The Red-headed Vulture (Sarcogyps calvus) or Indian Black Vulture or King Vulture or Pondichery Vulture has shown an extremely rapid decline in numbers in the last decade. This reduction in population is probably ongoing in the near future. The main reason for this steep decline is the veterinary drug diclofenac which is widely used in live stock. The carcasses of the animals which are fed upon by the Vulture are contaminated with this drug.
It is 80 medium-sized bulky vulture. It is a mainly black vulture with a bare red head, neck and legs. It also shows white thigh-patches and ruff near the legs. The irides in this species are usually of a reddish brown, but in some specimens are yellow; the cere and bare skin of the head and neck are of a deep yellowish red, and the legs and feet of dull red colour.
Salim in 1955: Size: Peacock minus the train. Field Characters: A huge, black, turkey-like vulture with deep scarlet naked head, neck and legs. In overhead flight a whitish band on underside of wings prominent; also white patches on upper thighs and at base of neck. In sailing, wings held above plane of body in a wide V. Sexes alike. Singly on the countryside.
It is a carrion-feeder, usually present singly or in twos and threes among all vulture gatherings at animal carcases. Far less gregarious than the Bengal Vulture. It has a false reputation for boldness and audacity and for monopolising a carcase until it has had its fill of the choicest tit-bits. Actually it is timid and cowardly, keeping deferentially aloof of the scrimmage, sneaking in and hurriedly withdrawing with a gobbet of flesh only when the pressure of the other feasters has momentarily eased.
Gurney in 1864: The Pondichery Vulture lays a single white egg; its nest, which is large, is formed of sticks, and is placed on trees, and, it is said, frequently also on inaccessible cliffs; and the nest of various other birds are often found on the same tree, and do not appear to be in any way disturbed by the vicinity of the Vulture. The male of this species has been observed to perform the duty of incubation, which it no doubt shares with the female. The Pondichery Vulture is usually found in pairs, but four or five may sometimes be seen together when attracted by food.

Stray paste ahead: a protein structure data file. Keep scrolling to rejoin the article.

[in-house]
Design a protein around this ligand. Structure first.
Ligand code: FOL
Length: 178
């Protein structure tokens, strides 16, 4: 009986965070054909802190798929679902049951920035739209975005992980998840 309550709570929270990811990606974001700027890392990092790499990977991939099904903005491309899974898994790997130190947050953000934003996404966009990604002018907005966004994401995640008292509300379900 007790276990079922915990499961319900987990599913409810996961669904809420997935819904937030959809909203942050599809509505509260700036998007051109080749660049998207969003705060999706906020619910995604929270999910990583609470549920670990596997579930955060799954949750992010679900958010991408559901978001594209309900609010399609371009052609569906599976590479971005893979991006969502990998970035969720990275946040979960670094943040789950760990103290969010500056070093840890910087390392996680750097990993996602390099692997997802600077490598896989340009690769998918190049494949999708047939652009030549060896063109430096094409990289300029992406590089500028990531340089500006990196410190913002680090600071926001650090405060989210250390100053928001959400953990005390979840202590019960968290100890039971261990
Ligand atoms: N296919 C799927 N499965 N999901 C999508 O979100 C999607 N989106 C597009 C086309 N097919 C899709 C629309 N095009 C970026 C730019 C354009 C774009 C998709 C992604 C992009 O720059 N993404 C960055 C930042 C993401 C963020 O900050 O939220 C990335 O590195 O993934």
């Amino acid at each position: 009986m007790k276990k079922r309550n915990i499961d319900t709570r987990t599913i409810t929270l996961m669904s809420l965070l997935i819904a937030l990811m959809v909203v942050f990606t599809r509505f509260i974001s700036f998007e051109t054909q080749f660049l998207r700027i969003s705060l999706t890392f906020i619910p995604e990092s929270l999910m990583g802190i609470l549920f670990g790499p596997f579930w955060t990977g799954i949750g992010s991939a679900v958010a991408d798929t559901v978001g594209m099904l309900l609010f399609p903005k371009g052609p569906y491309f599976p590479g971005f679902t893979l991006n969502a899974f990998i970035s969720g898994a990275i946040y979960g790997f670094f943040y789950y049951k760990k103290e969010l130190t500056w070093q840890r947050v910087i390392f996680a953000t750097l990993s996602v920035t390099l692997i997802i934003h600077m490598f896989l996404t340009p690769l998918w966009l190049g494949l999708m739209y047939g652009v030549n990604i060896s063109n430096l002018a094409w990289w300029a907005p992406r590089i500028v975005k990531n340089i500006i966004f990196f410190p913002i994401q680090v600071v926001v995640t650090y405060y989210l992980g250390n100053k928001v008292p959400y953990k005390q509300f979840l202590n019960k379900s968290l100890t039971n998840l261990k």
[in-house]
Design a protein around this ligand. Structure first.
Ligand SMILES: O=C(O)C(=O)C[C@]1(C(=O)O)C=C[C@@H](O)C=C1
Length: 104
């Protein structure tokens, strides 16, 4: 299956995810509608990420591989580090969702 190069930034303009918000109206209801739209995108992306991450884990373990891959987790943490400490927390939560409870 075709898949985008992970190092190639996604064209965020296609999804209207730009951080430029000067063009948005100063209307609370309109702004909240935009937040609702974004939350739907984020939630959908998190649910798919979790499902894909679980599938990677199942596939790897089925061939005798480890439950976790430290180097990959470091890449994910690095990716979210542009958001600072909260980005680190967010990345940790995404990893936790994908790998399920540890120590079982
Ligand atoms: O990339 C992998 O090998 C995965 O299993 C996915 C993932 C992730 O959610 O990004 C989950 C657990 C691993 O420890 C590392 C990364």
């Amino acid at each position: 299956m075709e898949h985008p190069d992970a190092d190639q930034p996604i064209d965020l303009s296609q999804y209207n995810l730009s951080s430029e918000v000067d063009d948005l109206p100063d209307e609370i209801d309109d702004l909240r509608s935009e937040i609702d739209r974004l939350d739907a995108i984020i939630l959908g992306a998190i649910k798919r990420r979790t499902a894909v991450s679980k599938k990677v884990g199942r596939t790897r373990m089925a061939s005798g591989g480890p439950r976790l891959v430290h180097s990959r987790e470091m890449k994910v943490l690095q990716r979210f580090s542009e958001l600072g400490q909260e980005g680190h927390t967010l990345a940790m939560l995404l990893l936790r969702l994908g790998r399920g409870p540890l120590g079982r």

It frequents open country usually away from human habitation, well-wooded hills and dry deciduous forest with rivers, usually below 2,500 m. Nesting has been recorded in tall trees. It occurs at lower density than Gyps vultures owing to its predominantly territorial behaviour, and movements are poorly known. Vultures play a key role in the wider landscape as providers of ecosystem services, and were previously heavily relied upon to help dispose of animal and human remains in India.
Birdlife in 2014: Sarcogyps calvus occurs in Pakistan (previously regular, now a rare straggler with two in 2002 the first record since 1980, Nepal (uncommon, population estimated to be 200-400 individuals), India (sparsely distributed and declining, but still fairly common in the west Himalayan foothills), Bangladesh (rare in the north-west), Bhutan, Myanmar (rare resident), China (not seen since the late 1960s). In Thailand, Laos, Vietnam, Cambodia, Malaysia and Singapore previously common, now rare or absent.
Historical reports indicate that it was widespread and generally abundant, in India the species declined by 91% between the early 1990s and 2003. Declines in the Indian Subcontinent have followed declines in Gyps vultures owing to mortality following ingestion of the non-steroidal anti-inflammatory drug (NSAID) diclofenac, used to treat livestock, which is also responsible for the decline in Red-headed Vulture. Another reason behind its decline in the region is thought to be a lack of available carcasses for vultures, domestic animals are better farmed than before. Given its rarity in South-East Asia, it is unlikely that more than a few hundred individuals remain there, while the total population seems unlikely to exceed 10,000 mature individuals given the patchiness of its distribution across India and the apparently catastrophic very recent declines. In Cambodia at least it experiences some decline through the use of poisons to catch fish or waterbirds.
The governments of India, Nepal and Pakistan banned diclofenac in 2006, India in 2008 and Bangladesh in 2010. This has led to a reduction of diclofenac within carcasses (the principal food source for vultures), but levels of diclofenac are still high for veterinary use. An alternative drug, meloxicam, which is out of patent and manufactured in Asia has been tested on Gyps vultures with no ill-effects. Other conservation measures that showed effective are raising awareness, stimulating protected feeding areas and promote captive breeding programs.
We, at planetofbirds, think this Vulture will survive in low numbers and will probably become dependant on human controlled feeding (restaurants). The ungulates (hoofed live stock) are managed much better by the locals, dead animals are cleared instead of left. Thereby depleting food for the Vulture and yet another species will be semi-free.